by Luanne Rice, contemporary (2001)
Bantam, $6.99, ISBN 0-553-57320-9
Caroline Renwick was five when Joe Connor's father shot himself in the head and then had the decency to fall onto the girl, bloodied broken skull and oozing brain pieces and all. You see, Mr Renwick and Mrs Connor were having some naughty boinkums on the side, and Mr Connor is not happy. He charged into the Renwick house where Mrs Renwick, heavily pregnant with her third daughter Skye, was making wholesome yummy home-cooked meals for her two daughters Caroline and Clea. Mr Connor couldn't take the pain of betrayal, he wanted to take out the kids and bang-bang-bang them for revenge, but one look into Caroline's Pure, Innocent Eyes and he couldn't do it. He shot himself instead. (Talk about drama!)
And when Mr Connor fell, his photo of his son Joe conveniently fluttered slow-mo into Caroline's hand, and Caroline saw this six-year boy that was soon to be her soul-mate... she wrote to Joe, and they became pen-pals, all the while Joe believing that his father had a heart attack in Caroline's presence.
Then when they were teenagers, Caroline, unable to bear the guilt of conscience, told Joe. Joe, needless to say, was far from happy to get the news.
Fast forward to present day. Sisters Caroline, Clea, and Skye are finally reunited for some daytime TV sobfest opera. Caroline, the dependable one, is still anguished over her Great Deception. Clea has the typical middle child blues - stuck in the middle, feeling resentful at life at times. Skye is an alcoholic still reliving some past demons involving failed marriages and her accidental shooting of somebody. But never fear, Big Sis Caroline, with her Oprah prep talk about sisterhood and all, is here to hold everyone together.
Then Joe Connor decides to show up for some diving/excavation of an old 18th century shipwreck off area. Caroline and Joe meet and they start hearing love songs in the air. But Joe is determined to have nothing to do with the Renwicks anymore, and Caroline, the sensitive Laura Ashley she is, is hurt that Joe will blame her for the sins of her father.
And they wonder why Hallmark keep making movies out of Luanne Rice's books? Firefly Beach, in its first chapters, tread a fine line between genuinely heartfelt storytelling and nauseating oversentimentalism. Then, when the Innocent Children and Sisters Are Pure And Destiny Can Never Come Between Them claptrap comes in, this story becomes pure sobfest exploitation. Even when the author is creating Scenes of Dark Despair, she takes care to tell me that, hey, remember, Children Are Innocent and the Soul of Humanity (or something) and Sisters Are The Best! There is no sense of actual conflict.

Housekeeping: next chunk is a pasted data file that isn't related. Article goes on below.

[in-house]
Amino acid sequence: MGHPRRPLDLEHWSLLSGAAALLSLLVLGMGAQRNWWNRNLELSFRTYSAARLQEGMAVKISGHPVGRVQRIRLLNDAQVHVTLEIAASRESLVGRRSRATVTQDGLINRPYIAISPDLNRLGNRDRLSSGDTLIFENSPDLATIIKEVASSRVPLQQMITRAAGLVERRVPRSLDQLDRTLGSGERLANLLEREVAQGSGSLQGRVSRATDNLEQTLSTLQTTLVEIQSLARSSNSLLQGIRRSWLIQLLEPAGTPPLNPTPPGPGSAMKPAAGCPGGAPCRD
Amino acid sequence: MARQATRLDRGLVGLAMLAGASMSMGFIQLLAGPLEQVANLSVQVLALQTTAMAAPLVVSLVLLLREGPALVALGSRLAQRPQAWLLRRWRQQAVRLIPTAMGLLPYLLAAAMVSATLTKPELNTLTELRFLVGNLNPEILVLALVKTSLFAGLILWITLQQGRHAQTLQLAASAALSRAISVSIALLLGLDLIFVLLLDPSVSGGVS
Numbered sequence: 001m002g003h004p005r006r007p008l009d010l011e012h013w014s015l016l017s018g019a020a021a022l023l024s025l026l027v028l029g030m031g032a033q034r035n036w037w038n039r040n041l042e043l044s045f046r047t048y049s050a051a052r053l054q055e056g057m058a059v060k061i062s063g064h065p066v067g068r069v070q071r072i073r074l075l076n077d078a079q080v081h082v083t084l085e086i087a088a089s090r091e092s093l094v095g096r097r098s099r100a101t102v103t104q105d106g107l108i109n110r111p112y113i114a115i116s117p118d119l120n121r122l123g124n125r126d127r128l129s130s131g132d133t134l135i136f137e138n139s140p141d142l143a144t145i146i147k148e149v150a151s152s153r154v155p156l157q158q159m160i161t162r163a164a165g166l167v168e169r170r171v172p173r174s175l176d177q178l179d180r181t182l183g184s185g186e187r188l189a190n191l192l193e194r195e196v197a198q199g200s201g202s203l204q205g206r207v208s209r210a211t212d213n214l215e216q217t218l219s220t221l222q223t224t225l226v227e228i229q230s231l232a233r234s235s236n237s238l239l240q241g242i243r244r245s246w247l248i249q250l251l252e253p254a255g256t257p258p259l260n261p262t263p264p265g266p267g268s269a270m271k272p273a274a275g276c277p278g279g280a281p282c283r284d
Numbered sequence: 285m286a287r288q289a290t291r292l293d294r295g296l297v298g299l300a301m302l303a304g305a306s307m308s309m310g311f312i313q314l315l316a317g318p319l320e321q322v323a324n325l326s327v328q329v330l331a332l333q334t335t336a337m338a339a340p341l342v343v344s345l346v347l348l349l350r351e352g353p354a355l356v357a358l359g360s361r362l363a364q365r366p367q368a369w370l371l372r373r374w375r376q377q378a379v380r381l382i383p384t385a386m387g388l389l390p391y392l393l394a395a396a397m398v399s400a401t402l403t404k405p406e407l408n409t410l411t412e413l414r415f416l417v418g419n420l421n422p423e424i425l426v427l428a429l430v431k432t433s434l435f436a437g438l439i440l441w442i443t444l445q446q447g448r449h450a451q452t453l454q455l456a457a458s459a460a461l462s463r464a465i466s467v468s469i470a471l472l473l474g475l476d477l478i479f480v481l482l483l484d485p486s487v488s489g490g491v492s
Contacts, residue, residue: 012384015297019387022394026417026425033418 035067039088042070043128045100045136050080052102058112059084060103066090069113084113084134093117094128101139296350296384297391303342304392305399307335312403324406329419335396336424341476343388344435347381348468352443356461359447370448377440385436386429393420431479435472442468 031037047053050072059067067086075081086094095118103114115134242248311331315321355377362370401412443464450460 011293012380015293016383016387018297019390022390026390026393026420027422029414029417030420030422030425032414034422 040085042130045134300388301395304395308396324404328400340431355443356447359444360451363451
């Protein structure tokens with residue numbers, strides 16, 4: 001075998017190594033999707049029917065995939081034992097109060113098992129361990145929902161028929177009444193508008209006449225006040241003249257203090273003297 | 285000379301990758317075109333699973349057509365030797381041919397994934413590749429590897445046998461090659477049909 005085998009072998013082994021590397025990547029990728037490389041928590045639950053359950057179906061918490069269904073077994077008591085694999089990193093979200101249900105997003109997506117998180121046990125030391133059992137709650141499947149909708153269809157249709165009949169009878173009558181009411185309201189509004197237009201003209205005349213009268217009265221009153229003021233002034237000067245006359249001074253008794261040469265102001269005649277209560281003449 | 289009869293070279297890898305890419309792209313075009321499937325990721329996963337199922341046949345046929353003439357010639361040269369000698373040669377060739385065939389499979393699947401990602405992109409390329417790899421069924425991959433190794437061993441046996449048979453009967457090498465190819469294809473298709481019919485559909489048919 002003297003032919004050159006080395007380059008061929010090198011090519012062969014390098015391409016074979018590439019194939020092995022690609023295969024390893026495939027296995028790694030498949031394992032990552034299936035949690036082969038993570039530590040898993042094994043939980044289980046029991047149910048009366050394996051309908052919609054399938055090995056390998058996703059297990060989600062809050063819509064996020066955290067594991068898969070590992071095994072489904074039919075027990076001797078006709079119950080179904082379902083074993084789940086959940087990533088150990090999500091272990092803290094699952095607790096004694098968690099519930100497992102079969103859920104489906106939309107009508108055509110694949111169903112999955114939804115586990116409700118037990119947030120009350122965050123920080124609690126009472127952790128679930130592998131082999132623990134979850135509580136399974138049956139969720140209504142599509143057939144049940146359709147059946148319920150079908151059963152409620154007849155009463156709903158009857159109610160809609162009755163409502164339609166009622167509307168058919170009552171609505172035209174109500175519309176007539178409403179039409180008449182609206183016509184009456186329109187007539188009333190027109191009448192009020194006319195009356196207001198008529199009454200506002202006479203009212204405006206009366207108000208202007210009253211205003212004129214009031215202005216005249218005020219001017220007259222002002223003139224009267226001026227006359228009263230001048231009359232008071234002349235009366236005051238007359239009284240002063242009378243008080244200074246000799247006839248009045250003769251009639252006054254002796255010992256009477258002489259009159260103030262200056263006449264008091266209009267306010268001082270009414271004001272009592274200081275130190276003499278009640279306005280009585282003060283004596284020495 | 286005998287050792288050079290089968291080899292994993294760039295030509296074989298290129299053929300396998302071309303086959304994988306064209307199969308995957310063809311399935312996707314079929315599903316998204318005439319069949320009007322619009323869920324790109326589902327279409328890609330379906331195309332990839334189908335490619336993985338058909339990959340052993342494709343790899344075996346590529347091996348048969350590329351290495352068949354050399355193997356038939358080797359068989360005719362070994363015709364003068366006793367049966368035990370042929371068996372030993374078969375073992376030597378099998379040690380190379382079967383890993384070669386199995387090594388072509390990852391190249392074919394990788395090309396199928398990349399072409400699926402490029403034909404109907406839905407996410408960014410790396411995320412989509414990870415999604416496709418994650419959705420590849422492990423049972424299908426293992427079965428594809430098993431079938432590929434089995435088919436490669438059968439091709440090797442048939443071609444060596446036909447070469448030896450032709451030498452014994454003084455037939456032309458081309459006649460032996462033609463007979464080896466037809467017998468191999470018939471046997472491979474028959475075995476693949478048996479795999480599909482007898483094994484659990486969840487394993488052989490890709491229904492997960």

And best of all, when things get tough, don't do anything. Just wait - a letter from the past will pop up to show the way. The diary of a daughter whose mommy ran away with the captain, found in the shipwreck, shows the way for Caroline and Joe to hold up lighters and wave them in the night as they and everyone sing "Kumbayah" together. I am also given snippets from Joe and Caroline's past correspondences, which is basically Caroline going all Laura Ashley meet Carol Brady meet the Olsen Twins as she tells Joe to breathe in, think happy thoughts, life is sunny, watch and love the Care Bears, and oh, please forgive her for all those sins she made mountains out of molehills of! And remember, of course, Children are the Windows of Hope and the Soul. If this book is right, we should do away with jail terms. Let criminals look into the eyes of our children, and they will all turn a new leaf, into tree-hugging, guantanamera-singing, raisin-eating Children of the New Earth and Hope.
Firefly Beach is a novel that doesn't challenge my emotions. It makes it clear from get go, drawing lines on the ground, telling me, "Okay, look, this is a happy book. Inspirational. Therefore, all those conflicts? Manufactured, so don't worry, because at the end of the day, nothing group hugs and letters from the past can't fix. Kumbayah, peace, flower power, love is all you need, John Lennon - remember '77 - amen." Okay, maybe not John Lennon. More like June Cleaver, really. But that's what this book's agenda is: to provide a comfort read of a time where people may have problems, but life is good. Perfect for people wishing of "good old-fashioned wholesome" stories, whatever wholesome means. It's not a bad read, far from it, but it is written through glasses tinted pink beyond pink that I am far more amused than anything else.
Is that the Hallmark folks calling Ms Rice's agent again?
This book at Amazon.com
This book at Amazon UK
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